Finite element modeling based on solving the Nernst-Planck equation was used to describe the evolution of current densities and pH distribution at the surface of a bimetallic system. This system consisted of five single copper particles fabricated on isolated, thin-film aluminum electrodes exposed to dilute aqueous chloride solutions. Excess anodic and cathodic currents flowing during exposure were used to validate the model. The corrosion of the bimetallic system exhibited a passive and an active stage. The model was used firstly to quantify the influence of pH (modified by alkalization by O 2 reduction at the cathodes and acidification by Al 3+ hydrolysis) on the passive-active transition and secondly to verify the anodic control of the active corrosion. EQCM (Electrochemical Quartz Crystal Microbalance) was used to obtain an experimental relationship between Al dissolution rate and pH. In the conditions of the model, Al 3+ hydrolysis was found to activate Al dissolution in the early instants of exposure (≈10 s) whereas OH - would have an effect only at longer times (hundreds of s). The pH-related destabilization appeared not to be sufficient enough to trigger active dissolution and it was proved that this stage was controlled by the anodic activity and not O 2 diffusion.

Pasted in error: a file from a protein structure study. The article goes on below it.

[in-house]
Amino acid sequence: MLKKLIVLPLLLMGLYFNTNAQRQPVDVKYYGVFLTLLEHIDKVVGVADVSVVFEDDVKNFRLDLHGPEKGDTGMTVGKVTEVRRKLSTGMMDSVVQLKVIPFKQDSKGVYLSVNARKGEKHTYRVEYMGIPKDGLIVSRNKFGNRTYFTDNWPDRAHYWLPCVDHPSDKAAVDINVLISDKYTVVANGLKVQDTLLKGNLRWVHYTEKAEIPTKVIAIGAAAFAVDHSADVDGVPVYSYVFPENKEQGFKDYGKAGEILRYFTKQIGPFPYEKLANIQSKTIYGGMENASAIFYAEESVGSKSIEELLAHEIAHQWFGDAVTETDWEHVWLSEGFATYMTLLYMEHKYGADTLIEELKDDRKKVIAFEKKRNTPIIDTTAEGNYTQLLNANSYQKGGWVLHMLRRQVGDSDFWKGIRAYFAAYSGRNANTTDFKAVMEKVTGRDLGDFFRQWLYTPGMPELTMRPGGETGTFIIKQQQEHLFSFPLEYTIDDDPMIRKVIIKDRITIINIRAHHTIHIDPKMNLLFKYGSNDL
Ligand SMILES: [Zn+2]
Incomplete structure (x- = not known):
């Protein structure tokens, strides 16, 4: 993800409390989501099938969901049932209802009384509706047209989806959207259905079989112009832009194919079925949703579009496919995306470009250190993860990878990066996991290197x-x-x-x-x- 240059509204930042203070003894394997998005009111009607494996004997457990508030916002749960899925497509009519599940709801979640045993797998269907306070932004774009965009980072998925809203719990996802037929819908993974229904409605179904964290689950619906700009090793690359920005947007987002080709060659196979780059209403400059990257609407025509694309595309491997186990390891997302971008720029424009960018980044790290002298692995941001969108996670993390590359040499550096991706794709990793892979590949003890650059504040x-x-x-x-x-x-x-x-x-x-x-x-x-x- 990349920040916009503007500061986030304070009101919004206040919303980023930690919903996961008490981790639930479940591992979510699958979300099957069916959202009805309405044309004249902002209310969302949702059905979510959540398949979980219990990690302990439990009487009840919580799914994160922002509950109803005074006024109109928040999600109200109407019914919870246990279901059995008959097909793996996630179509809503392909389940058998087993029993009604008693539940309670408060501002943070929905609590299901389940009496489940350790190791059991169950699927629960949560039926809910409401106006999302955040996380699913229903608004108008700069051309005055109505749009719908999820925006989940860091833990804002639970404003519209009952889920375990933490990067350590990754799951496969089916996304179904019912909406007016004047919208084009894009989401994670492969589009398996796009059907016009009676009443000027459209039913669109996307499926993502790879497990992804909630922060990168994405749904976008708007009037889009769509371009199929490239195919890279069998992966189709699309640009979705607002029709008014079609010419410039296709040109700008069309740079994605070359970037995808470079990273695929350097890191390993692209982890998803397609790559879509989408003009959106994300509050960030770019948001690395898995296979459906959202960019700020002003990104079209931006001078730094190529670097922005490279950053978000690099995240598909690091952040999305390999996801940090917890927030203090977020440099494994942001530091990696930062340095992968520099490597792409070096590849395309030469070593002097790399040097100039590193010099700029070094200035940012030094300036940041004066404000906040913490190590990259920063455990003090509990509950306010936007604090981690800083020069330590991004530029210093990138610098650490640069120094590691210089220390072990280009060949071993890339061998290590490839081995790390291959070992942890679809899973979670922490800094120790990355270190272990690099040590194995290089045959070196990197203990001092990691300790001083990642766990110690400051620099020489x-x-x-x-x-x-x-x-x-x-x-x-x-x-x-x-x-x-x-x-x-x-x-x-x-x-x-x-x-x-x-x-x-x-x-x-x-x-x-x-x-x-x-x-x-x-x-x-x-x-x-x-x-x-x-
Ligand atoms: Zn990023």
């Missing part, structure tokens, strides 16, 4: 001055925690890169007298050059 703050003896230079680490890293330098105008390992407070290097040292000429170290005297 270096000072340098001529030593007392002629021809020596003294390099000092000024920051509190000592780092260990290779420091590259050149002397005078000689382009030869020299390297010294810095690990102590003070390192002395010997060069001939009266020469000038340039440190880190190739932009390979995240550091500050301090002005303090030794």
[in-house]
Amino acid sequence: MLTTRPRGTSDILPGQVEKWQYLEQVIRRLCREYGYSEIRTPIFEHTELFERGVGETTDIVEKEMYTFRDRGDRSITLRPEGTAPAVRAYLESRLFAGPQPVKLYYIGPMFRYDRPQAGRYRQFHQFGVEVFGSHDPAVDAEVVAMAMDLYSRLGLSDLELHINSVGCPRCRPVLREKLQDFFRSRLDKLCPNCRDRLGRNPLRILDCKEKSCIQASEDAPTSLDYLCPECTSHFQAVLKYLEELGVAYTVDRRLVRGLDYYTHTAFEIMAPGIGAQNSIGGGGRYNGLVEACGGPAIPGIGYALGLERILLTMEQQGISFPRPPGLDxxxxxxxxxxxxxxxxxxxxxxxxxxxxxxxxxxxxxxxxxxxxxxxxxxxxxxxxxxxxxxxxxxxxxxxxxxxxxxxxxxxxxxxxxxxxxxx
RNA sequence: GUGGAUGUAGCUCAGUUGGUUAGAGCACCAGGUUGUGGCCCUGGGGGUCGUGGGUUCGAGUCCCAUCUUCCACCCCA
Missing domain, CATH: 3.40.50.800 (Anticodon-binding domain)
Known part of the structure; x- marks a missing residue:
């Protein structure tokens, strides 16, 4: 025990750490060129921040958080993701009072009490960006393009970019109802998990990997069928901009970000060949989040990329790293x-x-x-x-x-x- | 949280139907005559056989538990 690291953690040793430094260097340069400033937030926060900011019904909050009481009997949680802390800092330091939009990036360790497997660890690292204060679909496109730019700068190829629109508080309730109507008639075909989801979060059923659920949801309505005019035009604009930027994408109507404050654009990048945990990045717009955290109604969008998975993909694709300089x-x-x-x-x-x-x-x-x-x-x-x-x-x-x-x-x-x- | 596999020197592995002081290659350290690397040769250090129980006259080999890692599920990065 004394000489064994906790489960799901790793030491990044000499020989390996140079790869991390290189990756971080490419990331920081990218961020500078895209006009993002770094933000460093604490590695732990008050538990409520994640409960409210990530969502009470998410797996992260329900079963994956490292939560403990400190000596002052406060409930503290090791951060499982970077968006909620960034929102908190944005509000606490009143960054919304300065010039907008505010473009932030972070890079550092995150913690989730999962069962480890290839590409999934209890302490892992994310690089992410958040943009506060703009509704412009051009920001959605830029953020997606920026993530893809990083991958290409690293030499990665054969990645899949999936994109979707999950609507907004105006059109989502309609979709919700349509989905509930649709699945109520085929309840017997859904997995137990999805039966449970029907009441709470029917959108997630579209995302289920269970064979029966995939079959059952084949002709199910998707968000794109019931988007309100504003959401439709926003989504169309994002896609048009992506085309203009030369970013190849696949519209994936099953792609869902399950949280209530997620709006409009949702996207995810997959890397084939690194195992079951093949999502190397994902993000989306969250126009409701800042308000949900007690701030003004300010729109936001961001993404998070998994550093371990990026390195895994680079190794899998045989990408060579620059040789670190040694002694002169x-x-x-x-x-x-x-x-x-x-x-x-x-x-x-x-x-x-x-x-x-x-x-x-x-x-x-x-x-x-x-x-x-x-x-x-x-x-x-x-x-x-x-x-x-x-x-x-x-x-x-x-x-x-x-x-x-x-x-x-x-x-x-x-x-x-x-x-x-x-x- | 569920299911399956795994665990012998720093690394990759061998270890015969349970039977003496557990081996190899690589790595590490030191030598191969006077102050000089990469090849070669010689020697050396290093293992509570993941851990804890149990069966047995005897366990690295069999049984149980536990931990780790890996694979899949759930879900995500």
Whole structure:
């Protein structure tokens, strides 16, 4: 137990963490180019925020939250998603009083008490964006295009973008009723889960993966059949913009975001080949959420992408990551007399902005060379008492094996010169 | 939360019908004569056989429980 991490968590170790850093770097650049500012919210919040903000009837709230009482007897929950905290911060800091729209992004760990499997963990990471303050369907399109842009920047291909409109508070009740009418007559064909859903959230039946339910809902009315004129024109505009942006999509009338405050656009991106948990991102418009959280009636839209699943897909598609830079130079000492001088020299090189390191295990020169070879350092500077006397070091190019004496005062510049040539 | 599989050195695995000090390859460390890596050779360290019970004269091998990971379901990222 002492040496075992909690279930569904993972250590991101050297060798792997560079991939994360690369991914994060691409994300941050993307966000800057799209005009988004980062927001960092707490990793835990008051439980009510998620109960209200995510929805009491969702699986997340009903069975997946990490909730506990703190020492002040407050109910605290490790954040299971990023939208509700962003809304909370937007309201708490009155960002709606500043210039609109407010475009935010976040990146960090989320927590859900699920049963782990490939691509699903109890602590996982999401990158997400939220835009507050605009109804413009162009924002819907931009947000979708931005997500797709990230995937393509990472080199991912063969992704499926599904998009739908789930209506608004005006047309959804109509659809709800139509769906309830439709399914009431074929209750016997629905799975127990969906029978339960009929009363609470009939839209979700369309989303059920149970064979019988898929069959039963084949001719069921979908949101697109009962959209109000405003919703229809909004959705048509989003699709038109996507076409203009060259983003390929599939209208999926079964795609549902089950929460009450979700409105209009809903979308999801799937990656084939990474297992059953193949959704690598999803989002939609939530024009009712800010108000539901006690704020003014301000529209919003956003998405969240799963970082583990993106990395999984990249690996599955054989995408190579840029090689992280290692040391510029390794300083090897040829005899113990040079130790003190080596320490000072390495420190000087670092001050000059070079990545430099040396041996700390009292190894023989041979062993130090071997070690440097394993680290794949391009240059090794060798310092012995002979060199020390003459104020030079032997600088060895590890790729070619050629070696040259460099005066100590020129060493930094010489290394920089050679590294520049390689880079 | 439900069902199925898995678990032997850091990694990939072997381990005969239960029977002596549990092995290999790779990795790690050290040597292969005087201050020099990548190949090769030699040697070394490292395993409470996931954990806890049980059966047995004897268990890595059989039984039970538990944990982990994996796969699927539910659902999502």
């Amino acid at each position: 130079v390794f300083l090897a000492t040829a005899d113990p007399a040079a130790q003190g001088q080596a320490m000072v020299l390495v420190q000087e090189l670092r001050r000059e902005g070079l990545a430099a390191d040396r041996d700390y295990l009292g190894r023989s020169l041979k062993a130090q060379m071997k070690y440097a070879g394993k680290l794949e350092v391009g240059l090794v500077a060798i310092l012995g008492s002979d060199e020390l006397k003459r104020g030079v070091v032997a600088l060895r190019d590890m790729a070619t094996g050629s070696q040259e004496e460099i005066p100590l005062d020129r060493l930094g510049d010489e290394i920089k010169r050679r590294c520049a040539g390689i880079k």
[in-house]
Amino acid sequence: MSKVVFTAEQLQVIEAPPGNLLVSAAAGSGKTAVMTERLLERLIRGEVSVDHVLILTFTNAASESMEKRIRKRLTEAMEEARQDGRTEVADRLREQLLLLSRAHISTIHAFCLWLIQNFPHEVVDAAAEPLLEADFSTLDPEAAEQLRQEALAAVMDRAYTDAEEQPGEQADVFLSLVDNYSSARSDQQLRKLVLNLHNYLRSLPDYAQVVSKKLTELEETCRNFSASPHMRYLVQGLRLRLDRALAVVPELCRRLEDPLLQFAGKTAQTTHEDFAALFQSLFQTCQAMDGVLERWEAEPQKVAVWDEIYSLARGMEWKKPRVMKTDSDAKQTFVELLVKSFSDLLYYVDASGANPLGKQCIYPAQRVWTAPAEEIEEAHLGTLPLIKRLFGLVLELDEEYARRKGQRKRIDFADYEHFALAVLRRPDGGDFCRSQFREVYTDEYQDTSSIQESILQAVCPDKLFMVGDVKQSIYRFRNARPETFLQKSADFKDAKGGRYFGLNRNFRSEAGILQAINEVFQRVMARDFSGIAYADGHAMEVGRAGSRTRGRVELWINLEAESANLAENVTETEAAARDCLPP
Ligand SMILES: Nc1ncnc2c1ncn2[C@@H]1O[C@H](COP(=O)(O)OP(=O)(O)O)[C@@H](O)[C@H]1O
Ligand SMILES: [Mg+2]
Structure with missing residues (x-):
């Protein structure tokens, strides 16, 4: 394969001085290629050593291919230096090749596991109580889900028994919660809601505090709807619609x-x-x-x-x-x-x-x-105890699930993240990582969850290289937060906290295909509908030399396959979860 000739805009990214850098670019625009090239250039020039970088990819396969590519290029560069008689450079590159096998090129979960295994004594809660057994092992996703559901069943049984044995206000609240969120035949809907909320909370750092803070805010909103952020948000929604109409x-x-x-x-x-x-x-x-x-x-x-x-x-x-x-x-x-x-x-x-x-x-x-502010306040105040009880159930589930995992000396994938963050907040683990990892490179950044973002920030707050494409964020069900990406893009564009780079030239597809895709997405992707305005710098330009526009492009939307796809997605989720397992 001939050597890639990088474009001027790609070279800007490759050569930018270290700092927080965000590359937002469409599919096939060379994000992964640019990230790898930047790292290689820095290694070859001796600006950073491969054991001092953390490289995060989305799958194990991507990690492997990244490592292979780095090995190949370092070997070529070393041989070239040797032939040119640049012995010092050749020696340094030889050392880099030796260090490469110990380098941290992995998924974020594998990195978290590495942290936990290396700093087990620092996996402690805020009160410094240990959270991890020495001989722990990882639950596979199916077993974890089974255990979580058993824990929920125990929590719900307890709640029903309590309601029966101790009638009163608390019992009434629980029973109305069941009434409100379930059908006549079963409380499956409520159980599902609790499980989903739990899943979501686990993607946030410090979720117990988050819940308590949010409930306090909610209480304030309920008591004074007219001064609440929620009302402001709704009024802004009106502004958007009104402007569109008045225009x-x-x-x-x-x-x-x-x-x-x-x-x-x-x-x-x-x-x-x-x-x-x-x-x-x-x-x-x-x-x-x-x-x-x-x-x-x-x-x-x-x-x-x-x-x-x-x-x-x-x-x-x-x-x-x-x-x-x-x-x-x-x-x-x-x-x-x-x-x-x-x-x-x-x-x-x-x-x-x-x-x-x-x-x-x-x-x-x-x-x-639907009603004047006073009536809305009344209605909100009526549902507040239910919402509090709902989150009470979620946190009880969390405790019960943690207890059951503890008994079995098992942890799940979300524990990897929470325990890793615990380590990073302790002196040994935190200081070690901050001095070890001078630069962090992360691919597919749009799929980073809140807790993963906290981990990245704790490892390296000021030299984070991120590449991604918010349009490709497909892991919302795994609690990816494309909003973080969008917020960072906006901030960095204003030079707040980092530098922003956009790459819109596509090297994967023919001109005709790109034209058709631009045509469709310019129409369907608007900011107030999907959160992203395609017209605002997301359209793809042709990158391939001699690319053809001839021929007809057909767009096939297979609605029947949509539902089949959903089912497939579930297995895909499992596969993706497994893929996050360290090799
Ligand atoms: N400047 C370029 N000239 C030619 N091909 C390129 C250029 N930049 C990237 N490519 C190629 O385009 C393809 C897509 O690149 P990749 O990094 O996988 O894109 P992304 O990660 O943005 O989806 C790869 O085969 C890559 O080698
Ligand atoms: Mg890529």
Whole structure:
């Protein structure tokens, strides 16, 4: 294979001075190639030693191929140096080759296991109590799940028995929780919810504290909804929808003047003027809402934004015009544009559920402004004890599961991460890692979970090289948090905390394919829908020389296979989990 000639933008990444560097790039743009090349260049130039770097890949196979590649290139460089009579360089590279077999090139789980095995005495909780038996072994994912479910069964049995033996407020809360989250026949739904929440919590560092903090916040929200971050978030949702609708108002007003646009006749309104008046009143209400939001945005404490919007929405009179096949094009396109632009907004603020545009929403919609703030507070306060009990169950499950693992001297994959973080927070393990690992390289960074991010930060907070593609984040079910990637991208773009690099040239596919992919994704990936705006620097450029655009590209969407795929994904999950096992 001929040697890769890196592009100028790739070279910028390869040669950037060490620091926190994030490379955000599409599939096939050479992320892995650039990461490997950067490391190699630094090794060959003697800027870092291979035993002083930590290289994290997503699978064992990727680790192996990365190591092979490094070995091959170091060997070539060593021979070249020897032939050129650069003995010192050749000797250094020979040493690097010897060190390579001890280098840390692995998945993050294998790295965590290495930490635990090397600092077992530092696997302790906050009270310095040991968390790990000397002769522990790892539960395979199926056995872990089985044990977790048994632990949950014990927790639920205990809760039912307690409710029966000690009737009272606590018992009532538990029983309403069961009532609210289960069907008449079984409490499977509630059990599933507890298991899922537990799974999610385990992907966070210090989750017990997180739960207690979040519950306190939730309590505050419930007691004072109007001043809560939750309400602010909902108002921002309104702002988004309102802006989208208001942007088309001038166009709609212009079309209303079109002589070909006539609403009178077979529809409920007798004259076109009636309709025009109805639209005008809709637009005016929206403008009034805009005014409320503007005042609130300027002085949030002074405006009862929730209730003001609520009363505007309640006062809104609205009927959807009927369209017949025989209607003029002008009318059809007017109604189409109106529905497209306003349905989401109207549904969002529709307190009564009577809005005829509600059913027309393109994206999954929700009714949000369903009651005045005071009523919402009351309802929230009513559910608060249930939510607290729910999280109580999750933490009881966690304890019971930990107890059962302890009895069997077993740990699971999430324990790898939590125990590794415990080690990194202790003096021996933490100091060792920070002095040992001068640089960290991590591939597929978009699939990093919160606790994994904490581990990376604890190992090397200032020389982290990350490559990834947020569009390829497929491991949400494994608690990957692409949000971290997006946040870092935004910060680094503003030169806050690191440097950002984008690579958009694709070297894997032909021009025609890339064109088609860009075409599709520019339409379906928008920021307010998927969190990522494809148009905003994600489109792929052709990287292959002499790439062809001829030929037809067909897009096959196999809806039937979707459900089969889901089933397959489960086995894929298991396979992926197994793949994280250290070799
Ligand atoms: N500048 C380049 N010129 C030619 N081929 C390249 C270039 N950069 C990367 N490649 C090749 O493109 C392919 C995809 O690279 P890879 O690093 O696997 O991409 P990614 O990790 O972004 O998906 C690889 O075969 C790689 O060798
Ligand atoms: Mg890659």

|Journal||Journal of the Electrochemical Society|
|State||Published - 2012|
ASJC Scopus subject areas
- Electronic, Optical and Magnetic Materials
- Renewable Energy, Sustainability and the Environment
- Surfaces, Coatings and Films
- Materials Chemistry